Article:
Everyone at Complete Power Wash wishes you a wonderful Christmas season!
“It’s the most wonderful time of the year.” Many would agree with the words of this famous holiday tune. For those we hope it gets better with each passing day right up through Christmas. For those who are stressed by the season, the staff hopes you can find some joy in time spent looking at lights, visiting family and friends, or looking forward to a great new year.
This is also a great time for the staff to say “thank you” to all of Complete Power Wash‘s clients, who helped highlight a great 2022. The hope is that they will have the privilege of serving you again in the future. They hope and pray that 2023 is a great year filled with peace, joy and success.
Please reach out to the CPW office if you are in need of pressure washing services for your home or business. Click on the following links to find out more about Complete Power Wash cleaning services. Those services include house washing, roof cleaning and deck and patio cleaning. The CPW techs are also trained in commercial and industrial power washing, using the softwash technique. This cleaning approach uses gentle water pressure and environmentally-friendly detergents. It’s the safest and best way to pressure wash.
Enjoy reading about these well-known Christmas traditions while you’re waiting for Santa to arrive on the 24th.
Christmas Traditions Through the Years
The holiday traditions all started somewhere. Most think the traditions are very personal, because they are “our decorations.” However, most of these traditions have old and deep roots that make them even more special. Below are some of the history lessons surrounding these Christmas staples.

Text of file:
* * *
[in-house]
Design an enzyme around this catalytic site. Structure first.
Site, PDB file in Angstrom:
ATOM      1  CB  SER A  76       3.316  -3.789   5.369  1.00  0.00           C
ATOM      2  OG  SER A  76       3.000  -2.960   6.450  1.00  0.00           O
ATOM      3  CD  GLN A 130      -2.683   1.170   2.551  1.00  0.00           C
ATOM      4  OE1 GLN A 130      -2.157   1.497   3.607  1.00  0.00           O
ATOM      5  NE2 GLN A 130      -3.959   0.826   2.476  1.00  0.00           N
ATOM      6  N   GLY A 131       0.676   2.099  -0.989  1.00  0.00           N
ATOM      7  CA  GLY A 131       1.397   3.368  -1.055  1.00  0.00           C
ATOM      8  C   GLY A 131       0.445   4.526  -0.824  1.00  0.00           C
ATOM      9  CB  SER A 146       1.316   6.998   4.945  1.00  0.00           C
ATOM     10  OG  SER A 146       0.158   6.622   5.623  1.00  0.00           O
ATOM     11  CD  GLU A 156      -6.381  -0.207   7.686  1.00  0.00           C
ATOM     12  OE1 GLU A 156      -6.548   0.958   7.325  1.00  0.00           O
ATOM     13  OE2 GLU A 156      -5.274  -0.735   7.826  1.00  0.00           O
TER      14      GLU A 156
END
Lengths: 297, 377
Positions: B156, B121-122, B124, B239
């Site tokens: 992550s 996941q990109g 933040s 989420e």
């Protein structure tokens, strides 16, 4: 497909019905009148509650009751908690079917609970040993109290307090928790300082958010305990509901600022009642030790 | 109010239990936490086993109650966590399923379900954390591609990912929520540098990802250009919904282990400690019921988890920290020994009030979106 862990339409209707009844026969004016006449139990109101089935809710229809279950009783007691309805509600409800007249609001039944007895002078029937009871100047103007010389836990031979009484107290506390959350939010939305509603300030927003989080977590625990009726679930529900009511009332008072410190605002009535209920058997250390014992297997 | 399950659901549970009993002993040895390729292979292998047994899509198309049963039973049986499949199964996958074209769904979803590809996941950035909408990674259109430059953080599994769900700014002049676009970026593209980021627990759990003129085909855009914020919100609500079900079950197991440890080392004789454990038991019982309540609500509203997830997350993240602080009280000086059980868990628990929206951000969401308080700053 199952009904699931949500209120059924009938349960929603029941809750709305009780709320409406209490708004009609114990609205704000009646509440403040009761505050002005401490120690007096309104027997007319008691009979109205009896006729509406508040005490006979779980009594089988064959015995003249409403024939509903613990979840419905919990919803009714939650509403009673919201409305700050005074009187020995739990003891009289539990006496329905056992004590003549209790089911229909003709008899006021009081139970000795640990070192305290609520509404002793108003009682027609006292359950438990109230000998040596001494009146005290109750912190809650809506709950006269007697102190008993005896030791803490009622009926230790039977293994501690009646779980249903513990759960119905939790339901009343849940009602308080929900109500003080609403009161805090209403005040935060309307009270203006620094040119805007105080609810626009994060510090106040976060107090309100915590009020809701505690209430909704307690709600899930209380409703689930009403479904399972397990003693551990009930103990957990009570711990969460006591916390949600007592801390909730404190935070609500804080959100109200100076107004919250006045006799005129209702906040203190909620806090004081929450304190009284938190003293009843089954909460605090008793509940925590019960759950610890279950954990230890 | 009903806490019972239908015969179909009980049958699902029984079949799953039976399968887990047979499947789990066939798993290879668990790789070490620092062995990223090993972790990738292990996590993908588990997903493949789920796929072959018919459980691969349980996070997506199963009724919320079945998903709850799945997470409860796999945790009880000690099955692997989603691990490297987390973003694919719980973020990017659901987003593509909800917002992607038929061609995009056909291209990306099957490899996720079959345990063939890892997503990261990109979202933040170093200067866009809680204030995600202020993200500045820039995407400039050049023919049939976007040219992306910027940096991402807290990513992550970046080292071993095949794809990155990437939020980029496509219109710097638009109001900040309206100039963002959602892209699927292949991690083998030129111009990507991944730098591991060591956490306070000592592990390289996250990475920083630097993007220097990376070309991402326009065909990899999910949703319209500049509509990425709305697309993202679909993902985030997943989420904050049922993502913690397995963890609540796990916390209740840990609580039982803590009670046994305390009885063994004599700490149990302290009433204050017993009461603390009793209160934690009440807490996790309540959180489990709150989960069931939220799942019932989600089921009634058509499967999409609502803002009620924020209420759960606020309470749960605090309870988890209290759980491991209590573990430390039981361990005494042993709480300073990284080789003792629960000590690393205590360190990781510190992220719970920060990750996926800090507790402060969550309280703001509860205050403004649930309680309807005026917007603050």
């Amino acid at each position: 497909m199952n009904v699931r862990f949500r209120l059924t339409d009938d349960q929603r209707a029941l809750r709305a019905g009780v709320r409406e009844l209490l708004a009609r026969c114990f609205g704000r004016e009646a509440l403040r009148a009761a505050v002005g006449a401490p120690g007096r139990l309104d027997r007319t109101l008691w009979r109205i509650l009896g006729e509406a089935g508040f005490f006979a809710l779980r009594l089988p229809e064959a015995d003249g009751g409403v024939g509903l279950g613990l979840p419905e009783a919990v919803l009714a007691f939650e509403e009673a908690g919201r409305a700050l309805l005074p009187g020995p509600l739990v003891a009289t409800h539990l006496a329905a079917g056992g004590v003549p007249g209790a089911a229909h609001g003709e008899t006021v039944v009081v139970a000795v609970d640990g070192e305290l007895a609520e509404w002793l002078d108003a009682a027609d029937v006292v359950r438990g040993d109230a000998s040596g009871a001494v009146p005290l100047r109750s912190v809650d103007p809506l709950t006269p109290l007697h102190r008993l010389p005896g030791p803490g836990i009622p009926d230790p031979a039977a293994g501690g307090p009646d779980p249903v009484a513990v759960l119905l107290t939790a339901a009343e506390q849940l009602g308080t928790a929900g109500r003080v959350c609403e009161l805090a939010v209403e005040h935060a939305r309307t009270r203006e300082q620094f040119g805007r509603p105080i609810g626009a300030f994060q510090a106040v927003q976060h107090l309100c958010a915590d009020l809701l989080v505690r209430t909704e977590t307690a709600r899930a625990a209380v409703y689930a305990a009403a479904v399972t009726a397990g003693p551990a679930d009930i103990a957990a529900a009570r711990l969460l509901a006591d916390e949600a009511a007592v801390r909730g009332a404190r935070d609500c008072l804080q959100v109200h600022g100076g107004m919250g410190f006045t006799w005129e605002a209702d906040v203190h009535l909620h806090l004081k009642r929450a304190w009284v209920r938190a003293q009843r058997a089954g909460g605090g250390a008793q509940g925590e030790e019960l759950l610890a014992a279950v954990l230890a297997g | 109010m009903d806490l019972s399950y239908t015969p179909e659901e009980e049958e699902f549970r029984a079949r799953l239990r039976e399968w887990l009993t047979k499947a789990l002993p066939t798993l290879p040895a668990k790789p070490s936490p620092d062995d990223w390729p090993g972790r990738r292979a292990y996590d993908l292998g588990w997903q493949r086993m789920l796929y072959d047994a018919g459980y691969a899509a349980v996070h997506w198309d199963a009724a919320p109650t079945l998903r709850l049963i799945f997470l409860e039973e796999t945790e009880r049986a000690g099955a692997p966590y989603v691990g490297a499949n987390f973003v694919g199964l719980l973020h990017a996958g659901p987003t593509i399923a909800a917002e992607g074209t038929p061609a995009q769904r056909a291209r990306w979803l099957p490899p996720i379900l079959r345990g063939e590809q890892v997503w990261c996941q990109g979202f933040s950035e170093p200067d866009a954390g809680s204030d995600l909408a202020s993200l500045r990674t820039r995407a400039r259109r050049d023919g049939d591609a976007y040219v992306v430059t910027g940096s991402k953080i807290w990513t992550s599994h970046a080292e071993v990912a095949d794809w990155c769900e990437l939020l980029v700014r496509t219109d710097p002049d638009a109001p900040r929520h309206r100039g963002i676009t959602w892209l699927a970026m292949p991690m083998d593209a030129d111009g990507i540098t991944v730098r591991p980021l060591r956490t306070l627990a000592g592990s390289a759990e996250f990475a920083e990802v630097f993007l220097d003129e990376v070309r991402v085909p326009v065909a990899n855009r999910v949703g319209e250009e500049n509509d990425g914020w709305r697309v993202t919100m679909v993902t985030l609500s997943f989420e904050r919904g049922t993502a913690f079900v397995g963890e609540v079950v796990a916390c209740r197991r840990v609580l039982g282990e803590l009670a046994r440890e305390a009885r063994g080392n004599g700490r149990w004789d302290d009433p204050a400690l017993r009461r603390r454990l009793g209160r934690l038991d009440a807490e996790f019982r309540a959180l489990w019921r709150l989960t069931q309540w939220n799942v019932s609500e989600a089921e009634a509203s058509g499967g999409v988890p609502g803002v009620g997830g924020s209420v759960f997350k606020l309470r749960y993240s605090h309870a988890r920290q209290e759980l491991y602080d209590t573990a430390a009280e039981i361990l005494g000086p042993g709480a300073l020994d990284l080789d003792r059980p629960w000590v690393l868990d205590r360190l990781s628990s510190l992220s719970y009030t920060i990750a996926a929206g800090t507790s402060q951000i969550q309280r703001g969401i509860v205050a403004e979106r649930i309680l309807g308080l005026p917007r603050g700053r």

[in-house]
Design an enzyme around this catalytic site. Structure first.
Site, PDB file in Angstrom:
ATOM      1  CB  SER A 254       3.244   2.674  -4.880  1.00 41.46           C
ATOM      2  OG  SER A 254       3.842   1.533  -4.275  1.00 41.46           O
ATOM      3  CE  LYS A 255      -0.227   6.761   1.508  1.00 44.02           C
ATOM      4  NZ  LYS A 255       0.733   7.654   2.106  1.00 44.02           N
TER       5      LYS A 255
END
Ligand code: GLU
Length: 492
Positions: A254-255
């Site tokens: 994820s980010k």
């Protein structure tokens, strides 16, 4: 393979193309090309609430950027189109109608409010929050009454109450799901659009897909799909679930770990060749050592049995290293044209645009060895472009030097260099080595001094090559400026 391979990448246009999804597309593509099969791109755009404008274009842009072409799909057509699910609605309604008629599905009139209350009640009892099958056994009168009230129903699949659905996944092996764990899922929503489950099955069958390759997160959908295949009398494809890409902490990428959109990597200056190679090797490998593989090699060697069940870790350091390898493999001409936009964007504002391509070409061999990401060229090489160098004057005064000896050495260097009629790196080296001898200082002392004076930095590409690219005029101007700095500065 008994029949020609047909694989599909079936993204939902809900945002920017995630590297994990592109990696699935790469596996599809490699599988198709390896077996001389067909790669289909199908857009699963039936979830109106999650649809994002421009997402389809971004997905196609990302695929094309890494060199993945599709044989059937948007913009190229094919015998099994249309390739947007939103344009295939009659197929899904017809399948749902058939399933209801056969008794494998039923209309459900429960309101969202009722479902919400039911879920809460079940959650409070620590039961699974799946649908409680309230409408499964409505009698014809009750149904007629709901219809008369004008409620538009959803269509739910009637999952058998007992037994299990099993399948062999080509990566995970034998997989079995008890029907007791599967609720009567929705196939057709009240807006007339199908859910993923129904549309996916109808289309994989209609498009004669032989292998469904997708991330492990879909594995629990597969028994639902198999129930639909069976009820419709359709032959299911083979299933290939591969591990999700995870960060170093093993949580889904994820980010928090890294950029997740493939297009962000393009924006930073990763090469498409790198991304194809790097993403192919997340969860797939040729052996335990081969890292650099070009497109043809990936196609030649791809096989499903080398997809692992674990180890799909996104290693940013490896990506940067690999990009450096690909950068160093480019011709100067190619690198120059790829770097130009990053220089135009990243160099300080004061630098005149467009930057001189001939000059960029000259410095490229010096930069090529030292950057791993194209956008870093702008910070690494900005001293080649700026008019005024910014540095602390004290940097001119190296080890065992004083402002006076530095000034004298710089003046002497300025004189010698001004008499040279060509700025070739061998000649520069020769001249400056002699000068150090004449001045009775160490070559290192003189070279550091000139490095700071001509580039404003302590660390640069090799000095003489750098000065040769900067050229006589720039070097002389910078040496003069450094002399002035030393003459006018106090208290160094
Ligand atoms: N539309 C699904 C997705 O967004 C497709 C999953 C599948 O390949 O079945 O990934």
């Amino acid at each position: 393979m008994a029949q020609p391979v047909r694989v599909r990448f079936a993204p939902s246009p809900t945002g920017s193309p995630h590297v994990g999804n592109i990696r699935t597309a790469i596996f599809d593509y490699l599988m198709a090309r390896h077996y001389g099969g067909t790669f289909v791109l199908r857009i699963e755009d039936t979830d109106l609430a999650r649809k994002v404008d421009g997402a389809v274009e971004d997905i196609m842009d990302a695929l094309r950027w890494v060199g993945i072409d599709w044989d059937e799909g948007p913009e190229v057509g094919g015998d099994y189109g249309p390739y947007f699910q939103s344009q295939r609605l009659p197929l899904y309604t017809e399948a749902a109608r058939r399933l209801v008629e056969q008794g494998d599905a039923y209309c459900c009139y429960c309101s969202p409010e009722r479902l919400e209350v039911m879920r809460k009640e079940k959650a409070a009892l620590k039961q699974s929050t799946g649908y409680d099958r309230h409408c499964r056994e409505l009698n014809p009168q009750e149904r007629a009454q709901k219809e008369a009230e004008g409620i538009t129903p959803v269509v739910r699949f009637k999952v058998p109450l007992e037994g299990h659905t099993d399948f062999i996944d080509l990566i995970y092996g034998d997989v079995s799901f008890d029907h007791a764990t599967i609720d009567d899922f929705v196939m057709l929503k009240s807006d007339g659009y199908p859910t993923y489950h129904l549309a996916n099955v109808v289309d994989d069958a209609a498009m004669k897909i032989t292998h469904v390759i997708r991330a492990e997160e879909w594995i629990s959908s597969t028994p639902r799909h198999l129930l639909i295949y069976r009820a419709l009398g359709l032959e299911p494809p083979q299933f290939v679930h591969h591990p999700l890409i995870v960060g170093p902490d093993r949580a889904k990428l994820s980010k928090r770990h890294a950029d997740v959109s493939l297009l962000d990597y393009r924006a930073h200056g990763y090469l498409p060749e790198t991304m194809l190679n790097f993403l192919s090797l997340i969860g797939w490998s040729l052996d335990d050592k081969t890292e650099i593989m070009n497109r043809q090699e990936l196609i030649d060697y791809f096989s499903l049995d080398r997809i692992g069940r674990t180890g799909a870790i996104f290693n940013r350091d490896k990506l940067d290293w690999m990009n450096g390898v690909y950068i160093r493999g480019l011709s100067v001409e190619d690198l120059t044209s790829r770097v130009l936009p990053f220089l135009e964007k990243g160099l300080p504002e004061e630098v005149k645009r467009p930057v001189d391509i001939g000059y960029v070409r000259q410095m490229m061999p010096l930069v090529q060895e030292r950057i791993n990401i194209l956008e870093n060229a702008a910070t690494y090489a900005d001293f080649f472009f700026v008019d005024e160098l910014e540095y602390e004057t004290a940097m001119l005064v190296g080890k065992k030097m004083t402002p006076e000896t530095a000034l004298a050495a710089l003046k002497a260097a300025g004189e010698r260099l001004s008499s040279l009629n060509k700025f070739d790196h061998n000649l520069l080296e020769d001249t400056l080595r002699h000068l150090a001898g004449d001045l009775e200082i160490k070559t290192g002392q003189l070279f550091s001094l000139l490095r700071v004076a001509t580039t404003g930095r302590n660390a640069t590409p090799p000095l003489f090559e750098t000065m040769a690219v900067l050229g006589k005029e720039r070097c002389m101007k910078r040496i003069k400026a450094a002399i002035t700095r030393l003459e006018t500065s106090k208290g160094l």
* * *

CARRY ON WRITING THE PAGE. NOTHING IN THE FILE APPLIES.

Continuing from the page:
Decorated trees date back to Germany in the Middle Ages. European settlers popularized Christmas trees in America by the early 19th century. A New York woodsman is credited with opening the first U.S. Christmas tree lot in 1851. The American Christmas Tree Association estimates 81 percent of houses with Christmas trees are artificial and 19 percent are real.
This tradition started in Germany in 1903 by a publisher. It offered a way for children to count down to Christmas by opening one “door” a day to reveal a Bible passage, poem or small gift. Today’s U.S. version often uses candy as the daily gift.
Ugly Christmas Sweaters
This now-popular fashion began in Canada in the 1980s and became an international trend in 2001. According to Fox Business, the ugly sweater industry is a multi-million business. There’s even an Ugly Christmas Sweater Party Book.
Wreaths have been around since the ancient Greek and Roman times. The evergreen Christmas wreath took on a Christian meaning, symbolic of Christ’s crown of thorns and blood, according to the New York Times. Today’s wreaths come in all varieties and are most often seen as a secular winter tradition.
A Visit from Saint Nicholas
Made popular by the book The Night Before Christmas. The reading of this classic by poet Clement Moore is an American holiday tradition. According to the U.S. Library of Congress, the author and professor at the General Theological Seminary in Manhattan, was “embarrassed by the work. It was made public without his knowledge in December 1823. Moore did not publish it under his name until 1844.”
These plants native to Central America, known at the Christmas flower, were brought to the United States in the 1820s. They were brought by the country’s first U.S. ambassador to Mexico, botanist Joel Roberts Poinsett. It was a California horticulturist who brought the plants to the masses 100 years later. He donated the plants to TV shows, and, according to the Los Angeles Times, the poinsettia became the best-selling potted plant in the nation by 1986.
Click on this History Channel link to learn about other traditions — like the Elf on the Shelf — and how they came to be.
Merry Christmas from Complete Power Wash!